Last year was disastrous for motorsport. Not only did the COVID-19 pandemic put a stop to all forms of large-scale gatherings, but it also created uncertainty and doubt about the future of motorsport itself. When the dust settled and the world was able to get back to work, it looked like a disaster had been averted, but it was only a matter of time before the economic consequences of the pandemic started to bite.

Even this year, with the world seemingly back to normal, economic uncertainty remains at an all-time high. The global economy is still recovering from the COVID-19 pandemic, and much of the world is still suffering from the aftershocks. As a result, many businesses, including automotive businesses, are still struggling to figure out how to proceed with the 21st century.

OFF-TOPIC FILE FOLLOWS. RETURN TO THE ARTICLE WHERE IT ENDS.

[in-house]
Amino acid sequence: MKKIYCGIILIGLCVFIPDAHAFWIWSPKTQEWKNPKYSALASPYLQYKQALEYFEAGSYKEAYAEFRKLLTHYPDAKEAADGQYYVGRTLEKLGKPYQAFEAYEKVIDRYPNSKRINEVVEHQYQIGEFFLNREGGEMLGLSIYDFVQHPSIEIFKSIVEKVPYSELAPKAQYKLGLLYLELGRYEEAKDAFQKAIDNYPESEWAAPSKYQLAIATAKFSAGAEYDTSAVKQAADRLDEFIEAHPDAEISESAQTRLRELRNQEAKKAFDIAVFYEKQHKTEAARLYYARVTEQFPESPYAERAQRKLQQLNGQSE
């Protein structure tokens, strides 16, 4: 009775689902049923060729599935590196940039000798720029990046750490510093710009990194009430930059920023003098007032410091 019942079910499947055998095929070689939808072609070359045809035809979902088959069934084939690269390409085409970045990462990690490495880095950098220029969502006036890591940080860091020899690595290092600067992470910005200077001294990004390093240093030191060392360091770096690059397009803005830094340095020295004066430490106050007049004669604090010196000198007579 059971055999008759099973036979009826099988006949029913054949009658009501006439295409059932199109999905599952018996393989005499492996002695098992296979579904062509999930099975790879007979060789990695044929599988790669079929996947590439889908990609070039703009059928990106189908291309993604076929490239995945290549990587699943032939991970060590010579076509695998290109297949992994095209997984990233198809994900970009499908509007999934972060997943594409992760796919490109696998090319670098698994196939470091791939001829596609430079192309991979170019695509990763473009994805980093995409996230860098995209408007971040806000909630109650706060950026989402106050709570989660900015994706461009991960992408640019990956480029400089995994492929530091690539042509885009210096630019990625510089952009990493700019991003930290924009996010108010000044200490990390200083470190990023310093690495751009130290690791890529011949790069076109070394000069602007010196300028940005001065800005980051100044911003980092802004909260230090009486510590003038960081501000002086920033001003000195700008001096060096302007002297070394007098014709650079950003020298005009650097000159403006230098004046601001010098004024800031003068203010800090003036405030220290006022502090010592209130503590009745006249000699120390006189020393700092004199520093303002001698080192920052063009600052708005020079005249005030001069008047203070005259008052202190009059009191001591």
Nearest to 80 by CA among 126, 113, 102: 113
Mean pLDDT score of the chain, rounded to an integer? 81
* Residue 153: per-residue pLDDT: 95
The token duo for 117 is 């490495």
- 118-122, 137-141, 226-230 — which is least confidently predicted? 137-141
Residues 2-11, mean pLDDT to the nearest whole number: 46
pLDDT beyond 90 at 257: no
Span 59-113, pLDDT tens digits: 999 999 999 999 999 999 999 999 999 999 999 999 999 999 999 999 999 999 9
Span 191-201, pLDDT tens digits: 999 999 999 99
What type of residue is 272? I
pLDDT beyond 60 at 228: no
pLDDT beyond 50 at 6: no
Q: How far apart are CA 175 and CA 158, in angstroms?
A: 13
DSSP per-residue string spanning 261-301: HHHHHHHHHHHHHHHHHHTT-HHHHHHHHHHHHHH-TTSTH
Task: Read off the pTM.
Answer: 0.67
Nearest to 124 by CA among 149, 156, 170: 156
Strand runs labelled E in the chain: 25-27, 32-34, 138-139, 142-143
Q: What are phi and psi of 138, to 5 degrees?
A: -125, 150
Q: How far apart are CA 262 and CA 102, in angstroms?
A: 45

There’s no question that 2019 was a turbulent year for auto racing. The pandemic took its toll on track activity and forced many teams to downsize or even fold. The lack of competition and limited financial backing from automakers made it difficult for drivers to secure employment, and it seemed like the sport as we know it might never be the same. But, it was only a matter of time before the world’s top athletes and the teams that train them started to fight their way back. While it’s still early, it’s clear that motorsport is making a slow but steady comeback, and with it, so much else.